American archivists are also guided in their work by a code of ethics. [27] Alongside their work behind the scenes arranging and caring for collections, archivists assist users in interpreting collections and answering inquiries. This reference work can be just part of an archivist's job in a smaller organization, or consist of most of their occupation in a larger archive where specific roles (such as processing archivist and reference archivist) may be delineated. [28]

Archivists work for a variety of organizations, including government agencies, local authorities, museums, hospitals, historical societies, businesses, charities, corporations, colleges and universities, and any institution whose records may potentially be valuable to researchers, exhibitors, genealogists, or others. Alternatively, they could also work on the collections of a large family or even of an individual. Applicants for archives jobs usually outnumber positions available.[29]

Archivists are often educators as well; it is not unusual for an archivist employed at a university or college to lecture in a subject related to their collection. Archivists employed at cultural institutions or for local government frequently design educational or outreach programs to further the ability of archive users to understand and access information in their collections. This might include such varied activities as exhibitions, promotional events or even media coverage.[30]

The advent of Encoded Archival Description, along with increasing demand for materials to be made available online, has required archivists to become more tech-savvy in the past decade. Many archivists are now acquiring basic XML skills in order to make their finding aids available to researchers online.[31]


Because of the varied nature of the job and organisations and work environment, archivists need to have a wide range of skills:

  • Those who work in reference and access-oriented positions need to be good with people, so that they are able to help them with their research.
  • An ability to apply some basic knowledge of conservation is needed to help extend the useful life of cultural artifacts. Many different types of media (such as photographs, acidic papers, and unstable copy processes) can deteriorate if not stored and maintained properly. [32]
  • Although many archival collections are comprised of paper records, increasingly archivists must confront the new challenges posed by the preservation of electronic records, so they need to be forward-looking and technologically proficient.[33]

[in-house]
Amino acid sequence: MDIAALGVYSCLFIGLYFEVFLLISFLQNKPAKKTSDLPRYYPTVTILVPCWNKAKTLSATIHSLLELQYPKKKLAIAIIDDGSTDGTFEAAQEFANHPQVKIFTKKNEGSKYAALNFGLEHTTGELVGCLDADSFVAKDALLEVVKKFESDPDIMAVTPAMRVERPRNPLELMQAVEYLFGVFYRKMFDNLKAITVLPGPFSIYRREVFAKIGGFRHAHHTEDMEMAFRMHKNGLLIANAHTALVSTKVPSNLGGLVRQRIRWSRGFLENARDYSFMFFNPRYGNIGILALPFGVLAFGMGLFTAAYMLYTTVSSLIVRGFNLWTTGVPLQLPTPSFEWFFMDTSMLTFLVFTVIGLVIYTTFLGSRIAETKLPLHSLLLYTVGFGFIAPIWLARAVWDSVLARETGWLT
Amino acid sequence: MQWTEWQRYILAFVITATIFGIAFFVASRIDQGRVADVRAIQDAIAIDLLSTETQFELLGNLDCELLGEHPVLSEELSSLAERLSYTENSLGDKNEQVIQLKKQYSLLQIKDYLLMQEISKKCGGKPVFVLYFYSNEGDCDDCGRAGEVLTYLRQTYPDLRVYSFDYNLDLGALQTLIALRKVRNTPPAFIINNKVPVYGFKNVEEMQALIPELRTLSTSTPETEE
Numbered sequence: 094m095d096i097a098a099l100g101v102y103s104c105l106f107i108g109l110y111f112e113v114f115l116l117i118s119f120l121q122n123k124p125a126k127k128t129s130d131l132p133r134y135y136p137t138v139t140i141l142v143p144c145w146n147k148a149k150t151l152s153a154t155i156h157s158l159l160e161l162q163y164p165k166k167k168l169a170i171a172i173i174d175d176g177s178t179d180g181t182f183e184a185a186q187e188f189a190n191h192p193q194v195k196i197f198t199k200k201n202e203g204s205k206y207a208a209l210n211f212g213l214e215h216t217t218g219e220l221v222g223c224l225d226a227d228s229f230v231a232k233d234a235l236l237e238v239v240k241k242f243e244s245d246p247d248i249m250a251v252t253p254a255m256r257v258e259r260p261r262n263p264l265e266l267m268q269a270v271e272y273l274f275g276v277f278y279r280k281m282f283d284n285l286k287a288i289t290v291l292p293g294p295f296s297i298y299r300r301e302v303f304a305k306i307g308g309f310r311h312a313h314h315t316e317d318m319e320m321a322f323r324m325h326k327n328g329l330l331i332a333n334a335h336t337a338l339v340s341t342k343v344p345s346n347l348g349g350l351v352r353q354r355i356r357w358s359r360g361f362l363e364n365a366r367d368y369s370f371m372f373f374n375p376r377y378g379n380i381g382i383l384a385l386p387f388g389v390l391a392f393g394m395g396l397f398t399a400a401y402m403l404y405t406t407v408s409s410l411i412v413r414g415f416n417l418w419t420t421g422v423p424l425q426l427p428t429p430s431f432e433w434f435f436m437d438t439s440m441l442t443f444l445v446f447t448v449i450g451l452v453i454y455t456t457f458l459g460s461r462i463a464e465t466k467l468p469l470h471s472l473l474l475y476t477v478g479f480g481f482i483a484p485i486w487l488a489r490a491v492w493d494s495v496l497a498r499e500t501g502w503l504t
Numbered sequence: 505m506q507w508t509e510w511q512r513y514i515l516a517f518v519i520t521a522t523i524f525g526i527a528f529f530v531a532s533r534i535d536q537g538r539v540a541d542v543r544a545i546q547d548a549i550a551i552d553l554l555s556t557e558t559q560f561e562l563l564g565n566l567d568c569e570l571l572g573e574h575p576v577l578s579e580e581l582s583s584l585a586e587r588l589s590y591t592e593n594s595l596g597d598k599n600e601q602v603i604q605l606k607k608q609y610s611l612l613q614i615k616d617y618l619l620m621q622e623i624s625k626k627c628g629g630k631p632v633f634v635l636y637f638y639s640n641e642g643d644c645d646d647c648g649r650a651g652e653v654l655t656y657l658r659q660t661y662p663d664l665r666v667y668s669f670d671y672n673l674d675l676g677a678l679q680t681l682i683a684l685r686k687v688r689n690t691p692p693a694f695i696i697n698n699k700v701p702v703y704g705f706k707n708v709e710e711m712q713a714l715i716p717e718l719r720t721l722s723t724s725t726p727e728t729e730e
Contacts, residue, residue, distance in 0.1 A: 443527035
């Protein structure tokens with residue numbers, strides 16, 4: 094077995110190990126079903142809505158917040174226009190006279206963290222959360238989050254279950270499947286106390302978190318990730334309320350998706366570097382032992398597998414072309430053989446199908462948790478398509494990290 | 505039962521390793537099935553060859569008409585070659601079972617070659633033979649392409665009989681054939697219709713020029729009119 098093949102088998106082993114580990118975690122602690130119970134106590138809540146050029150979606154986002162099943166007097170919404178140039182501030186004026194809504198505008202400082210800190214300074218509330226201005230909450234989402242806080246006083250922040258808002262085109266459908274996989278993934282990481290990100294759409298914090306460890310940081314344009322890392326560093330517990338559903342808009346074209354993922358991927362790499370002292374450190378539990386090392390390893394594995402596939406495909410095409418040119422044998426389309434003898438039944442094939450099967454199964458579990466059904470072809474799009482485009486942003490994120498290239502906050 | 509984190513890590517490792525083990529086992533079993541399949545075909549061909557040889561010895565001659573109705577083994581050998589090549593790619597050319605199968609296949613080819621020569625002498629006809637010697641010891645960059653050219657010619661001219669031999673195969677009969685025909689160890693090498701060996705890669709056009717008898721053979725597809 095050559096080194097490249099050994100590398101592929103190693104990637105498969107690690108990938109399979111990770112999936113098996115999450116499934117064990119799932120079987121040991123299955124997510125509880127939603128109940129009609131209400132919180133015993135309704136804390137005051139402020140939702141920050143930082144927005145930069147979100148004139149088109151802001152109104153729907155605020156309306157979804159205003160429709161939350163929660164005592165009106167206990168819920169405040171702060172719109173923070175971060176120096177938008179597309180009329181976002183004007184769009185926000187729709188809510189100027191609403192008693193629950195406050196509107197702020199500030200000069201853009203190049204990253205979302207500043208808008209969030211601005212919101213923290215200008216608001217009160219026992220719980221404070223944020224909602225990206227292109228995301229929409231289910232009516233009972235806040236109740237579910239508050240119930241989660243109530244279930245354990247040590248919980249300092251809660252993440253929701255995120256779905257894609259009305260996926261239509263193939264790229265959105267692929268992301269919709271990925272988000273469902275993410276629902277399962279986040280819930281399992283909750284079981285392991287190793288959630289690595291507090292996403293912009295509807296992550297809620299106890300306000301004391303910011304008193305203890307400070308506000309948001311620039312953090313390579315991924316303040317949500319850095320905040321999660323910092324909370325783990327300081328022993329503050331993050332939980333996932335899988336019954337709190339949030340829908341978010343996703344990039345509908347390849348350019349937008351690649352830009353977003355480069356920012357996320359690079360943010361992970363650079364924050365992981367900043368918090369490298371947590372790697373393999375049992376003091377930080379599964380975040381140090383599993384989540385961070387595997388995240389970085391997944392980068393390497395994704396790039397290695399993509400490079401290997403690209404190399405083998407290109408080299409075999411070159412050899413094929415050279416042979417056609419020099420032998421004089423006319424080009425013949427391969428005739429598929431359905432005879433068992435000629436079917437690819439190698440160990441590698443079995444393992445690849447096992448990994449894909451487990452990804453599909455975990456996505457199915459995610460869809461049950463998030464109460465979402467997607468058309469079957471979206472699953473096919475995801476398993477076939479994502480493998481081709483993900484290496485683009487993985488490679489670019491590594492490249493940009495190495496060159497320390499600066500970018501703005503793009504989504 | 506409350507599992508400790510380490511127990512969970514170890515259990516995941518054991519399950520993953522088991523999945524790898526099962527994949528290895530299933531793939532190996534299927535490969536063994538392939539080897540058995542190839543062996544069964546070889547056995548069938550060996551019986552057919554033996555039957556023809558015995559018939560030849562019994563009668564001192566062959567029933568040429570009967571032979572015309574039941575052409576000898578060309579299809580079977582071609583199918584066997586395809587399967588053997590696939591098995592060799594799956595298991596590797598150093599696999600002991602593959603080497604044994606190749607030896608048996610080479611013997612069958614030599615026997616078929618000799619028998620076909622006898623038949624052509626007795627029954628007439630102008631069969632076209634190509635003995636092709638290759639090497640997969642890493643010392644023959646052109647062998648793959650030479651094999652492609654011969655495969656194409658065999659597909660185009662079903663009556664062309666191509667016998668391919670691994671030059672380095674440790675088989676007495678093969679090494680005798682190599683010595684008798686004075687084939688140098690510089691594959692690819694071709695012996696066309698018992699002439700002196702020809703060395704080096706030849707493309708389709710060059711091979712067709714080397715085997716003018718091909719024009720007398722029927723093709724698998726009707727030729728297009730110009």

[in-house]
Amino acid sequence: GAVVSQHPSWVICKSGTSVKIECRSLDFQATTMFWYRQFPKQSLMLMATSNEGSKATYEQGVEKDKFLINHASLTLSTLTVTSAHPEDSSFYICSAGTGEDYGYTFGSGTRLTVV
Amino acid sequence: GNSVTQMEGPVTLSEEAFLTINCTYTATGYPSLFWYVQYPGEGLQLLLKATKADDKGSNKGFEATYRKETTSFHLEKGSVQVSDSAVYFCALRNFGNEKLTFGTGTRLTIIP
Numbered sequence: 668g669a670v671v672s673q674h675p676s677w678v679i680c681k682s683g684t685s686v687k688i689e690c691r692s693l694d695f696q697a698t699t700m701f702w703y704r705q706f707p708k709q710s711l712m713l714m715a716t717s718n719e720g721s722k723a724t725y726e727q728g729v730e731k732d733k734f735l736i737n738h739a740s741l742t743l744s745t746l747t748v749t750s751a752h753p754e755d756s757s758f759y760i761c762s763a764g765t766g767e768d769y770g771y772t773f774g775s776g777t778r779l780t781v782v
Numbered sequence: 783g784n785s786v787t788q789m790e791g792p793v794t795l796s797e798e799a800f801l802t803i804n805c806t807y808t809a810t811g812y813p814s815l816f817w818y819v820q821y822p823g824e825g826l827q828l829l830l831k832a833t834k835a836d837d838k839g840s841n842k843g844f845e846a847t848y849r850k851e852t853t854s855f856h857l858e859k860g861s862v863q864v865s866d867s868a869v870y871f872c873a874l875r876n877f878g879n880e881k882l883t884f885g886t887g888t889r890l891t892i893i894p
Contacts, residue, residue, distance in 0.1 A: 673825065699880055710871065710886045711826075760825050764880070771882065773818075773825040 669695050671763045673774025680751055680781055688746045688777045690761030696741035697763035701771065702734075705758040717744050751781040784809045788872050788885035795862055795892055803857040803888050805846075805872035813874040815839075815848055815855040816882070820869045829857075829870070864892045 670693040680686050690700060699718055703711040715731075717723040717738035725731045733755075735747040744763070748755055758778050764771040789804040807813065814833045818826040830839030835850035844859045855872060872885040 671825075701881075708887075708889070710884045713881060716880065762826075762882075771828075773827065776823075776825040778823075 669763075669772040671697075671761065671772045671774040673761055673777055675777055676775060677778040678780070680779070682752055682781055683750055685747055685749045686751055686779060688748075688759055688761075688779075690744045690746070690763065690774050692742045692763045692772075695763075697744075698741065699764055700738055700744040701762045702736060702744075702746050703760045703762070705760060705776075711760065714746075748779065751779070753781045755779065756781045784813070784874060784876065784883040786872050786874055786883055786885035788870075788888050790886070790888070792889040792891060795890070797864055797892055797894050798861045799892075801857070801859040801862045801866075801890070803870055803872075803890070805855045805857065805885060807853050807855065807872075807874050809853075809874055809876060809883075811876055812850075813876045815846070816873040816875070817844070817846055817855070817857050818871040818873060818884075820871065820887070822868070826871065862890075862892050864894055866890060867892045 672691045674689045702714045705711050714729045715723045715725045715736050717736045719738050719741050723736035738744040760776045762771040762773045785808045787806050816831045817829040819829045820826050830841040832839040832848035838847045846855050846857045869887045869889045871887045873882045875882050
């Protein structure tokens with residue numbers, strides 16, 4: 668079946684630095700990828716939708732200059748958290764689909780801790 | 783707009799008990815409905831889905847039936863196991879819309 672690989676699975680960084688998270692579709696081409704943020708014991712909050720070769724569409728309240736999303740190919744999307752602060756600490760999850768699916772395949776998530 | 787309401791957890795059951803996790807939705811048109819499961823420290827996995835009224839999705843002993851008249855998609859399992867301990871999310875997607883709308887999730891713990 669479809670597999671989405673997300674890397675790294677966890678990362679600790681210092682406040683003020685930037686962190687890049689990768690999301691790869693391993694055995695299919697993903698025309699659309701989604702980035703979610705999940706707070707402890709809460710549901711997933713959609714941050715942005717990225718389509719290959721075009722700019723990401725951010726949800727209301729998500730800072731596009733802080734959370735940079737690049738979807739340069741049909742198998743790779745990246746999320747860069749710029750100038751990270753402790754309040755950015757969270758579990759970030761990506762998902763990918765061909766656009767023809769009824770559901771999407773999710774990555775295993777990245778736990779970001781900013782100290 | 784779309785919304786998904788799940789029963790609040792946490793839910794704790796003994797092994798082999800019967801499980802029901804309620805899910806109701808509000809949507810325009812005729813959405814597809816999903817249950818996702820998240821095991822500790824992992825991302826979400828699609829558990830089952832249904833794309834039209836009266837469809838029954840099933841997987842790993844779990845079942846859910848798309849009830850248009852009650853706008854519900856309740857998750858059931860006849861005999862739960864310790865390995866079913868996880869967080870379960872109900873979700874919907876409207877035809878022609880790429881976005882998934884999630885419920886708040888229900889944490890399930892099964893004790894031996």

• Because of the amount of sorting and listing, they need to be very logical and organised and be able to pay attention to detail.
  • When cataloging records, or when assisting users, archivists need to have some research skills.

Educational preparation

The educational preparation for archivists varies from country to country.

Republic of Ireland

In Ireland, the University College Dublin School of History and Archives offers a Higher Diploma in Archival Studies, recognised by the Society of Archivists.

United Kingdom

In the United Kingdom, there are currently five full- or part-time professional Masters courses in archives administration or management which are recognised by the Society of Archivists. Students are expected to have relevant paid or voluntary work experience before obtaining a place on the UK courses; many undertake a year's traineeship. Also, in Great Britain, certification can be pursued via the Registration Scheme offered by the Society of Archivists.

United States

According to the most recent professional census of American Archivists published, most of those in the United States have earned a Masters degree.[34] However, the exact type of degree can vary; the most common sorts of advanced degrees held by archivists are in archival science, history, library science, or library and information science. It is also possible for archivists to earn a doctorate in library, or library and information, science. Archivists with a Ph. D. often work as teaching faculty or deans and directors of archival programs.[35] In 2002, the Society of American Archivists published Guidelines for a Graduate Program in Archival Studies.[36]